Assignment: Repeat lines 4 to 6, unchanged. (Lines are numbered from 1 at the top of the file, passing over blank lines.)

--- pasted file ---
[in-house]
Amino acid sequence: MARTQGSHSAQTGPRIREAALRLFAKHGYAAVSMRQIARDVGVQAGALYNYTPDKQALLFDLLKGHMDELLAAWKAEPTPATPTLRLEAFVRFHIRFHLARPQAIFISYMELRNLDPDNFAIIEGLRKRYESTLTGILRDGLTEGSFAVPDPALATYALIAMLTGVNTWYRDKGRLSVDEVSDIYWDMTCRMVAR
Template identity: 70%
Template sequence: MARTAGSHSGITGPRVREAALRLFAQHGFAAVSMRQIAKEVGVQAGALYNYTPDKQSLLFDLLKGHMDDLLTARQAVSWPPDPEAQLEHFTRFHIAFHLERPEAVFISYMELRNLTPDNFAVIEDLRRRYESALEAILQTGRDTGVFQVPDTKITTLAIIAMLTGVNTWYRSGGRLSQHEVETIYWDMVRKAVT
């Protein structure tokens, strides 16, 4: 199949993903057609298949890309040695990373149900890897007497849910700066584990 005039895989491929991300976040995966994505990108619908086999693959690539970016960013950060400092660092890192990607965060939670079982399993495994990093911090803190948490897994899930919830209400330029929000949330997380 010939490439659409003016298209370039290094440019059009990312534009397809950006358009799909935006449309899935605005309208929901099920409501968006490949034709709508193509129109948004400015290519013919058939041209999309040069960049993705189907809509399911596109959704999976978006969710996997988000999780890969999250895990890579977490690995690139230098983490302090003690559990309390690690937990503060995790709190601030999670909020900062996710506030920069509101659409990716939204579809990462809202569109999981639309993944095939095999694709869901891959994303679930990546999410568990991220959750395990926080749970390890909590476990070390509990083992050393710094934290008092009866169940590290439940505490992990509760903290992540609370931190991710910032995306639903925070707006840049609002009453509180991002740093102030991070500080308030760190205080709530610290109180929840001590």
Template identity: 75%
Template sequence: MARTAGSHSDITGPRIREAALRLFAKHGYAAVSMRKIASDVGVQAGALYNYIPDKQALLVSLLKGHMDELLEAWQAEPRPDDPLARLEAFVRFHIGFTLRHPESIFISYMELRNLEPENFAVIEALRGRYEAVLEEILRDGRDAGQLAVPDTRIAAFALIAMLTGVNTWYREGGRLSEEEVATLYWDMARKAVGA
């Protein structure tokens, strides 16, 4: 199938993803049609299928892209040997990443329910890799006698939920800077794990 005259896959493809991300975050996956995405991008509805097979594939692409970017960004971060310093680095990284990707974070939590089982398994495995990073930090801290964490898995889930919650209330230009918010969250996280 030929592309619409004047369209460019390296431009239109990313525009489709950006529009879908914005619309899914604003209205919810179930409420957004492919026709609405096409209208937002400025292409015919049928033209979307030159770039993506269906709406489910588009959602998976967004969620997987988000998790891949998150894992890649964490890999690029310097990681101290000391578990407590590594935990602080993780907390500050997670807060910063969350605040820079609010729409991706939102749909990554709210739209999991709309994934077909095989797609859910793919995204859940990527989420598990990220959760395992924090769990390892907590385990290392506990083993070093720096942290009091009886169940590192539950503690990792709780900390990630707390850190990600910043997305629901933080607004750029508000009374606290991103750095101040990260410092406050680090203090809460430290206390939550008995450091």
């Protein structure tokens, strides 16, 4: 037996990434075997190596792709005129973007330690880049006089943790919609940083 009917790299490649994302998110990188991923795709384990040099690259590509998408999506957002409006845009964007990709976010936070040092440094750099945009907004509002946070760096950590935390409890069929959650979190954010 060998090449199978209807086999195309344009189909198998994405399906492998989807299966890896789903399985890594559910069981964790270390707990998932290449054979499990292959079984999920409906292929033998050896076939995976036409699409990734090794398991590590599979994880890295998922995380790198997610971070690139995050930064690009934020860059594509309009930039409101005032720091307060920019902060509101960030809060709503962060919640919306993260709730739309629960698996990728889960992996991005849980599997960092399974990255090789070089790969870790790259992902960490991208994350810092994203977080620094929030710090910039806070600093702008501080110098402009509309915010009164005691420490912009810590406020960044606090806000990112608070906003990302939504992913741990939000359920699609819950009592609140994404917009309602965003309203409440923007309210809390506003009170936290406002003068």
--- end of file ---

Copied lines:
Template sequence: MARTAGSHSGITGPRVREAALRLFAQHGFAAVSMRQIAKEVGVQAGALYNYTPDKQSLLFDLLKGHMDDLLTARQAVSWPPDPEAQLEHFTRFHIAFHLERPEAVFISYMELRNLTPDNFAVIEDLRRRYESALEAILQTGRDTGVFQVPDTKITTLAIIAMLTGVNTWYRSGGRLSQHEVETIYWDMVRKAVT
């Protein structure tokens, strides 16, 4: 199949993903057609298949890309040695990373149900890897007497849910700066584990 005039895989491929991300976040995966994505990108619908086999693959690539970016960013950060400092660092890192990607965060939670079982399993495994990093911090803190948490897994899930919830209400330029929000949330997380 010939490439659409003016298209370039290094440019059009990312534009397809950006358009799909935006449309899935605005309208929901099920409501968006490949034709709508193509129109948004400015290519013919058939041209999309040069960049993705189907809509399911596109959704999976978006969710996997988000999780890969999250895990890579977490690995690139230098983490302090003690559990309390690690937990503060995790709190601030999670909020900062996710506030920069509101659409990716939204579809990462809202569109999981639309993944095939095999694709869901891959994303679930990546999410568990991220959750395990926080749970390890909590476990070390509990083992050393710094934290008092009866169940590290439940505490992990509760903290992540609370931190991710910032995306639903925070707006840049609002009453509180991002740093102030991070500080308030760190205080709530610290109180929840001590």
Template identity: 75%